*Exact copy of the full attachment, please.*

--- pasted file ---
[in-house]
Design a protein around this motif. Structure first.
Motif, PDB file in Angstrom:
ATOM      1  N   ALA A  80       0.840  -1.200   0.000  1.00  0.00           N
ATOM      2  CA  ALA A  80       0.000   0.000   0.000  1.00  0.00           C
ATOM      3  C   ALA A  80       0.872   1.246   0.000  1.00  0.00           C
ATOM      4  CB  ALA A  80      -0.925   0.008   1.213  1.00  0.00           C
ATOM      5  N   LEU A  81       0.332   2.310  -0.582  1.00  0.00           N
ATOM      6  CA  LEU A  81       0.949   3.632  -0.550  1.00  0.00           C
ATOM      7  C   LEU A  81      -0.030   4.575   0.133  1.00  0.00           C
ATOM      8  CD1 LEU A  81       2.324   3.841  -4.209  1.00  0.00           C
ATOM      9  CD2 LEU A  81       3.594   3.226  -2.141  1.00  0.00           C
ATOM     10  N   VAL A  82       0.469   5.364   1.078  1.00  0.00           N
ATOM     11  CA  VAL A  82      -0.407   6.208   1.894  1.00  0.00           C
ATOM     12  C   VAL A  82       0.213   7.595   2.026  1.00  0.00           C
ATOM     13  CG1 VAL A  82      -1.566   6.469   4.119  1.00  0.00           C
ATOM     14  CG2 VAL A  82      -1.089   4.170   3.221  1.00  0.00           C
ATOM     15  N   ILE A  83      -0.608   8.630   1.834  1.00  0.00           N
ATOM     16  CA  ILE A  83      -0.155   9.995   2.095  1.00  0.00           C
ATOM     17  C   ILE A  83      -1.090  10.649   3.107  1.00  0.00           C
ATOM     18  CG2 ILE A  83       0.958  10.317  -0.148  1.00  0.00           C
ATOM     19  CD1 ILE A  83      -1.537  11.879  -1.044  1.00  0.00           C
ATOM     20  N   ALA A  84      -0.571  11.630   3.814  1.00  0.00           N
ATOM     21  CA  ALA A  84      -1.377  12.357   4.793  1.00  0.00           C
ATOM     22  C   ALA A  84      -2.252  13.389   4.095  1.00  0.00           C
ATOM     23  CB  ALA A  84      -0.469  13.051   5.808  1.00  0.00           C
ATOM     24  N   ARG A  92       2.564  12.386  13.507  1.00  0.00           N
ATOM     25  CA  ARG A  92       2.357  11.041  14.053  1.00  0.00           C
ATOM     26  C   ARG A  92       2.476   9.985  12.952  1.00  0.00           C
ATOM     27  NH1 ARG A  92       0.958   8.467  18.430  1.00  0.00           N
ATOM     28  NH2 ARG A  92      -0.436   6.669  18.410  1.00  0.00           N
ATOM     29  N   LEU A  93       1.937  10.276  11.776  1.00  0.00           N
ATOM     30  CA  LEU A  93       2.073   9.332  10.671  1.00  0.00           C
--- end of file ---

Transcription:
[in-house]
Design a protein around this motif. Structure first.
Motif, PDB file in Angstrom:
ATOM      1  N   ALA A  80       0.840  -1.200   0.000  1.00  0.00           N
ATOM      2  CA  ALA A  80       0.000   0.000   0.000  1.00  0.00           C
ATOM      3  C   ALA A  80       0.872   1.246   0.000  1.00  0.00           C
ATOM      4  CB  ALA A  80      -0.925   0.008   1.213  1.00  0.00           C
ATOM      5  N   LEU A  81       0.332   2.310  -0.582  1.00  0.00           N
ATOM      6  CA  LEU A  81       0.949   3.632  -0.550  1.00  0.00           C
ATOM      7  C   LEU A  81      -0.030   4.575   0.133  1.00  0.00           C
ATOM      8  CD1 LEU A  81       2.324   3.841  -4.209  1.00  0.00           C
ATOM      9  CD2 LEU A  81       3.594   3.226  -2.141  1.00  0.00           C
ATOM     10  N   VAL A  82       0.469   5.364   1.078  1.00  0.00           N
ATOM     11  CA  VAL A  82      -0.407   6.208   1.894  1.00  0.00           C
ATOM     12  C   VAL A  82       0.213   7.595   2.026  1.00  0.00           C
ATOM     13  CG1 VAL A  82      -1.566   6.469   4.119  1.00  0.00           C
ATOM     14  CG2 VAL A  82      -1.089   4.170   3.221  1.00  0.00           C
ATOM     15  N   ILE A  83      -0.608   8.630   1.834  1.00  0.00           N
ATOM     16  CA  ILE A  83      -0.155   9.995   2.095  1.00  0.00           C
ATOM     17  C   ILE A  83      -1.090  10.649   3.107  1.00  0.00           C
ATOM     18  CG2 ILE A  83       0.958  10.317  -0.148  1.00  0.00           C
ATOM     19  CD1 ILE A  83      -1.537  11.879  -1.044  1.00  0.00           C
ATOM     20  N   ALA A  84      -0.571  11.630   3.814  1.00  0.00           N
ATOM     21  CA  ALA A  84      -1.377  12.357   4.793  1.00  0.00           C
ATOM     22  C   ALA A  84      -2.252  13.389   4.095  1.00  0.00           C
ATOM     23  CB  ALA A  84      -0.469  13.051   5.808  1.00  0.00           C
ATOM     24  N   ARG A  92       2.564  12.386  13.507  1.00  0.00           N
ATOM     25  CA  ARG A  92       2.357  11.041  14.053  1.00  0.00           C
ATOM     26  C   ARG A  92       2.476   9.985  12.952  1.00  0.00           C
ATOM     27  NH1 ARG A  92       0.958   8.467  18.430  1.00  0.00           N
ATOM     28  NH2 ARG A  92      -0.436   6.669  18.410  1.00  0.00           N
ATOM     29  N   LEU A  93       1.937  10.276  11.776  1.00  0.00           N
ATOM     30  CA  LEU A  93       2.073   9.332  10.671  1.00  0.00           C